Friday, December 9, 2011

Raising Cain, Part 2

Without further ado, let us examine the several verses in question and discern what we can learn from Cain.
And Adam knew Eve his wife; and she conceived, and bare Cain, and said, I have gotten a man from the LORD, Genesis 4:1.

Cain, so far as the Biblical record is concerned, was the very first human being ever born. He was the first to come out of the womb; the first person to be created by sexual union. Adam was formed from the dust, and Eve from Adam’s rib. Both were created mature (so far as we know) so they did not know the travails of infancy and childhood as every generation after them would. They did not know experientially what awaited them.

It is entirely possible that Eve believed Cain was the promised seed from Genesis 3:15, the deliverer who would crush the serpent’s head and set things right. Cain’s name means “acquisition.” Whatever the case, Eve was grateful for the gift of a child and named him thusly.

2 And she again bare his brother Abel. And Abel was a keeper of sheep, but Cain was a tiller of the ground.
Abel’s name means “vanity” or “vapor.” Clearly Eve was discontent with the acquisition of a second son, or perhaps discontent that the effects of sin upon God’s perfect creation were beginning to be more easily recognized. Abel became a keeper of sheep, perhaps for the benefit of the wool and perhaps so that he could have a gift of offering to God when the Lord commanded it.

Cain’s occupation was to till the ground that God had cursed, Genesis 3:17-19. In that regard Cain worked with the very dust that his father had been taken from, 1st Corinthians 15:47.

3 And in process of time it came to pass, that Cain brought of the fruit of the ground an offering unto the LORD.
Here we have the implication of localized worship. God had apparently designated a place where the worshiper could draw near to Him and offer the sacrifice He commanded. A period of time had elapsed, at least enough time for both brothers to enter into manhood and their careers. God set the standard in Eden with the sacrifice of an animal to clothe Adam and Eve, Genesis 3:21. Blood sacrifice, presumably symbolized by the lamb, was what God commanded. Cain instead brought the fruit of the cursed ground to God as an offering, perhaps thinking that the labor of his work would satisfy Him.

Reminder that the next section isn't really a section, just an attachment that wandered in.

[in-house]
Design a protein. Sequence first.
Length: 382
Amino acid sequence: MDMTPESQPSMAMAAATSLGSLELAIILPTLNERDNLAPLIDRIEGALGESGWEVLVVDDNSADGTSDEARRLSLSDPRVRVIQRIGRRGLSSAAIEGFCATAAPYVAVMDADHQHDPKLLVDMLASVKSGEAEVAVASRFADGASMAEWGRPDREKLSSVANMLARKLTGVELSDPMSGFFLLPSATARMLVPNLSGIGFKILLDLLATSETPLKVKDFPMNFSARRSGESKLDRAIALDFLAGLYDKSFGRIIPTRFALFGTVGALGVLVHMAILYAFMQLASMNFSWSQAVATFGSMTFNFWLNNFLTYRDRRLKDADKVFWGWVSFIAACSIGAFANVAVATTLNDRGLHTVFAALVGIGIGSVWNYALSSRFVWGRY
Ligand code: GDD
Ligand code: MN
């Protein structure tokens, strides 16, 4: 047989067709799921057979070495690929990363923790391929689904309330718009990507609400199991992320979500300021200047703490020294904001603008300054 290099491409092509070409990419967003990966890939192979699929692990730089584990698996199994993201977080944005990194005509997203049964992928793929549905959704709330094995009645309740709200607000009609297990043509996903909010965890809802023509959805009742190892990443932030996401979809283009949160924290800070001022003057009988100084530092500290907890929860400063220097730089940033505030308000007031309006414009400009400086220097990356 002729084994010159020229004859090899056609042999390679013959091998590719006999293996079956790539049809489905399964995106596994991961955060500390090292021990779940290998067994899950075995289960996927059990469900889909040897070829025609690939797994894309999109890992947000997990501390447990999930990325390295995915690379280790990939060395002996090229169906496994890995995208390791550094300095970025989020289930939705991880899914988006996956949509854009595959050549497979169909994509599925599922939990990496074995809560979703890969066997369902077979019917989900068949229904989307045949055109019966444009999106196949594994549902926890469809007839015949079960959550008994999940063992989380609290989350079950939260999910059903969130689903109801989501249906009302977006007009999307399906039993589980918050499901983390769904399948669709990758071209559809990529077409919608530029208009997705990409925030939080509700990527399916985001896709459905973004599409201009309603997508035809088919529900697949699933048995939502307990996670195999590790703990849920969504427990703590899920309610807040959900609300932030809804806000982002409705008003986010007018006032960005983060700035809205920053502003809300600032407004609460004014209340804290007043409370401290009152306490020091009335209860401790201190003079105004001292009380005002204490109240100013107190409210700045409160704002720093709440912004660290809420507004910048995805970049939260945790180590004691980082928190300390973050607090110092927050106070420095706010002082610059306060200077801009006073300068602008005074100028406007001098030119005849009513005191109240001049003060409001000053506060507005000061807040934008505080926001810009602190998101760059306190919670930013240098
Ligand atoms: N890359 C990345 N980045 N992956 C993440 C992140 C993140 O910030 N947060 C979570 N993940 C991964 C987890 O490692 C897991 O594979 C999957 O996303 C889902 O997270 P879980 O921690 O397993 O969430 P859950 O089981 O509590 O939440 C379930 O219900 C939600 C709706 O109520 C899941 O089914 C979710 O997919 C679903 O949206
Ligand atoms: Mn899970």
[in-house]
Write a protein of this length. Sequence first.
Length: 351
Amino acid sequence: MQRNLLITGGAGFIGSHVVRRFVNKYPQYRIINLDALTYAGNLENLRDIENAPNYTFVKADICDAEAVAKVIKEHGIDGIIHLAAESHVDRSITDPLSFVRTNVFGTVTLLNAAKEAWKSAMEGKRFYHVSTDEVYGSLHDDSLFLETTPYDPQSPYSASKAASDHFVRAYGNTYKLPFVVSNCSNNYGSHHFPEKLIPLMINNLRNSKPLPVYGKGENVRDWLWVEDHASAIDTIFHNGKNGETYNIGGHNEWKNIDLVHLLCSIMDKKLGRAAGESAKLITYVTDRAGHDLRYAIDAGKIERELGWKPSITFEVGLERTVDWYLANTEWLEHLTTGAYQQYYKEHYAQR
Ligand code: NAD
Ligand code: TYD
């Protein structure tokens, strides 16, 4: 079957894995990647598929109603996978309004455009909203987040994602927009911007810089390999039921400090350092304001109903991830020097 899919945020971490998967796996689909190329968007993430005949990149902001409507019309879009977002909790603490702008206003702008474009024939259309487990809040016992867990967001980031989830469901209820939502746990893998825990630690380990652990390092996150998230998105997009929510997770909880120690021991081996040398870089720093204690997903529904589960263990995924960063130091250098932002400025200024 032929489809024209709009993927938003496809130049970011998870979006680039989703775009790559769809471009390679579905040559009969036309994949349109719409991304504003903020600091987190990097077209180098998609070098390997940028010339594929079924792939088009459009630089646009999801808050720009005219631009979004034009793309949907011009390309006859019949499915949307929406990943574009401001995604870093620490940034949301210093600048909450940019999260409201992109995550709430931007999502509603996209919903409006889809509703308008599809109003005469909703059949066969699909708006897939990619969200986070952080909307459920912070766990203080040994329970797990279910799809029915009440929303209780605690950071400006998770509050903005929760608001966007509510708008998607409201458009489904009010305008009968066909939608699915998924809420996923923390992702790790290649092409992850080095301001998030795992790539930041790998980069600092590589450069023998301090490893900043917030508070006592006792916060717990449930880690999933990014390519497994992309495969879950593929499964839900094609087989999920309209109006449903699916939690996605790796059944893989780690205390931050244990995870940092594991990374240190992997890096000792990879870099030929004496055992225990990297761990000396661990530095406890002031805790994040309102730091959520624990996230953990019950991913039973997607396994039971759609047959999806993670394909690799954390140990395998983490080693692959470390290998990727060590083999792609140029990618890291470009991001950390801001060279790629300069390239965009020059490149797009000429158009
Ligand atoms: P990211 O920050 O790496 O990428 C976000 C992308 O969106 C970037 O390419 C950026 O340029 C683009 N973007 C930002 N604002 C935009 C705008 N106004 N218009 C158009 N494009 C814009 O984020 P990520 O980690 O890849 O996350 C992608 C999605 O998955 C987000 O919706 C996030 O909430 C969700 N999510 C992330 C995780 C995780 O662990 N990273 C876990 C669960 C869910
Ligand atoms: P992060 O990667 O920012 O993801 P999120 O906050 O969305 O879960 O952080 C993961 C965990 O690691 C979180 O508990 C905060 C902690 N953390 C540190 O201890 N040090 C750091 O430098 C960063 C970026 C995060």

4 And Abel, he also brought of the firstlings of his flock and of the fat thereof. And the LORD had respect unto Abel and to his offering:
Abel brought to the Lord the best of his flock and their fat as an offering. The Lord respected Abel’s offering. What does this mean? It simply means He accepted it. The offering of the finest of Abel’s flock was the substitutionary sacrifice that permitted a worshiper to approach a holy God, for the blood of the substitute covered their sins. Abel trusted in God’s provision (blood atonement) while Cain seemingly trusted in his own merit (the fruit of his husbandry).

5 But unto Cain and to his offering he had not respect. And Cain was very wroth, and his countenance fell.
While God accepted Abel’s offering because it was an offering of faith which manifested in obedience to God’s will, He did not respect Cain’s offering. Why? Because Cain did not listen. It’s like showing a child a toy where a wooden box is cut with holes of various shapes; only certain kinds of blocks fit through certain openings. You can show the child which block fits each opening, but if that child refuses to listen they’re going to spend a lot of time and energy attempting to force the circle to fit through the triangle opening.

Cain’s reaction was entirely natural for our sinful nature; he became angry. In fact the wording used suggested a seething anger bordering on rage. His countenance fell, as in his outward appearance reflected his inner turmoil. In other words Cain was not one of those who could expertly hide his emotions. His heart was on his sleeve, as the saying goes. It becomes clear that Cain was not angry at himself at this point. He was likely upset with his brother for doing what he had been told, and he was upset with God for rejecting his offering. As Jesus said, murder begins in the heart of man and the act of murder is only a manifestation of what the heart already longed to do, Matthew 15:19-20; James 1:13-15.

1 comment:

  1. Great post, Ian.

    Things really haven't changed. People tend to get more angry and vindictive when they have knowingly tried to cheat or do wrong and failed than when an honest effort wasn't enough.


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